Northern Mockingbirds are among the finest singers in the bird world. We heard and saw this one this morning:
Willow Flycatcher is a bird that I see here every May:
Species list: double-crested cormorant, mute swan, Canada goose, mallard, American black duck, killdeer, spotted sandpiper, ring-billed gull, rock pigeon, chimney swift, hairy woodpecker, downy woodpecker, northern flicker, willow flycatcher, eastern kingbird, barn swallow, tree swallow, cliff swallow, blue jay, American crow, black-capped chickadee, red-breasted nuthatch, northern mockingbird, gray catbird, American robin, veery, blue-gray gnatcatcher, ruby-crowned kinglet, European starling, warbling vireo, black and white warbler, Nashville warbler, northern parula warbler, chestnut-sided warbler, yellow warbler, blackburnian warbler, common yellowthroat, ovenbird, American redstart, northern waterthrush, house sparrow, red-winged blackbird, brown-headed cowbird, common grackle, Baltimore oriole, northern cardinal, American goldfinch, savannah sparrow, song sparrow. (48 species)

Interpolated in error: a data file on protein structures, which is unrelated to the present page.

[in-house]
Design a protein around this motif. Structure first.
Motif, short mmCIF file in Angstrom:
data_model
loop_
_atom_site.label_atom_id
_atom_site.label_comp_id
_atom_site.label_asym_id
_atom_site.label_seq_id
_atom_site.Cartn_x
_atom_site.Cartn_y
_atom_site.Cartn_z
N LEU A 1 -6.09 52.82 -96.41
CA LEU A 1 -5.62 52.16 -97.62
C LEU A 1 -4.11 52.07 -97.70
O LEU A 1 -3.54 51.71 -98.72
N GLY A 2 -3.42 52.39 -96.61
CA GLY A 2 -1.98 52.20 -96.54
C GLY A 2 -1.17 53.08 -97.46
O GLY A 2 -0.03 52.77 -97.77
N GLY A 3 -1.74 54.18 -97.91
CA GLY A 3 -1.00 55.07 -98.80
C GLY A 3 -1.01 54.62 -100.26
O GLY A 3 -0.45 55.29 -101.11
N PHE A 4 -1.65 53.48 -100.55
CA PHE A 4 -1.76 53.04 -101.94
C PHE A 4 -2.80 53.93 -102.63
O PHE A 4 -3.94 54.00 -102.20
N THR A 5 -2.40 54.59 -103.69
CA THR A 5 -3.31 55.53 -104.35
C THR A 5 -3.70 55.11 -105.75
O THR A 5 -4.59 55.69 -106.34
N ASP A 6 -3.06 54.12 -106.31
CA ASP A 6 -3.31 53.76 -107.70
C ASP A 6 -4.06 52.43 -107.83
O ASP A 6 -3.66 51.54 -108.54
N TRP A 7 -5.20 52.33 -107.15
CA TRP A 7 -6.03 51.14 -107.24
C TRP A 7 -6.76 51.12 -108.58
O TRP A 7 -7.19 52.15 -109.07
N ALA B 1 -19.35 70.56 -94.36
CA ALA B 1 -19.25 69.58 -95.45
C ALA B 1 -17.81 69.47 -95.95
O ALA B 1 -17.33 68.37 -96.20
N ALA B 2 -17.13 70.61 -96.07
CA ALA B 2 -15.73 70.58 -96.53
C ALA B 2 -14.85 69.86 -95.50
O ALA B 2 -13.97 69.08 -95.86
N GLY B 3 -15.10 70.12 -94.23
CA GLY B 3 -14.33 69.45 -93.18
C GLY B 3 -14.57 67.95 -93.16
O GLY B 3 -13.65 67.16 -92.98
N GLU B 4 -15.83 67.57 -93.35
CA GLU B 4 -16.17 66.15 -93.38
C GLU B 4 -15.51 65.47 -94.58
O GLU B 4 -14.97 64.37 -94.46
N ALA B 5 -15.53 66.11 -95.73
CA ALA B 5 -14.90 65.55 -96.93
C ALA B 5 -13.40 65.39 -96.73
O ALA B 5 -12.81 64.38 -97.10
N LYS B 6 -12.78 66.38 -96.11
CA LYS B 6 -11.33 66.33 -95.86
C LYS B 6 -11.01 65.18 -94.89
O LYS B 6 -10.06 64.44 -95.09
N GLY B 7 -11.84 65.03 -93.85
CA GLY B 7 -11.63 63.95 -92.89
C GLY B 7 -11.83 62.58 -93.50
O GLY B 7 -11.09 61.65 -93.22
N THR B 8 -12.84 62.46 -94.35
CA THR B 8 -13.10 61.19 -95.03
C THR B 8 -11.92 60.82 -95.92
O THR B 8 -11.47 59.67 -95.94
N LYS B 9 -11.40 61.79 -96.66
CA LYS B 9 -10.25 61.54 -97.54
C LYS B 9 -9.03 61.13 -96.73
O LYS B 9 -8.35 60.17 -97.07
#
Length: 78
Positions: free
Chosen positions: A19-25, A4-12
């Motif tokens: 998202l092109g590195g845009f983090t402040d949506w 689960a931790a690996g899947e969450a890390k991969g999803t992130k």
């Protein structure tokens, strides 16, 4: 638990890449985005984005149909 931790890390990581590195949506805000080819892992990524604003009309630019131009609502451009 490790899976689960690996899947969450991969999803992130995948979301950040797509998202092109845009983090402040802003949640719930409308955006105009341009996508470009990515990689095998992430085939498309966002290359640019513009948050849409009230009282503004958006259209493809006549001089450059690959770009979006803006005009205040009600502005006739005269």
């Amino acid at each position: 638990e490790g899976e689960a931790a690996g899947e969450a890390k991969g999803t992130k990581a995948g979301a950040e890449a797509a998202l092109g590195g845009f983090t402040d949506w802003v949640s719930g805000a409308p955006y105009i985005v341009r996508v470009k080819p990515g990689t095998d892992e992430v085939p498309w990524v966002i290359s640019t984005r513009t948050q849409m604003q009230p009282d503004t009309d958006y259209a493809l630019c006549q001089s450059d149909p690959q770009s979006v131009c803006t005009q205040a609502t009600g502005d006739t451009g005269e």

In late November we found 16 bird species here. Three times as many this morning.
This morning’s group observing a Northern Flicker:
For one carved instant as they flew,
The language had no simile—
Silver, crystal, ivory
Were tarnished. Etched upon the horizon blue,
The frieze must go unchallenged, for the lift
And carriage of the wings would stain the drift
Of stars against a tropic indigo
Or dull the parable of snow.
Now settling one by one
Within green hollows or where curled
Crests caught the spectrum from the sun,
A thousand wings are furled.
No clay-born lilies of the world
Could blow as free
As those wild orchids of the sea. – E.J. Pratt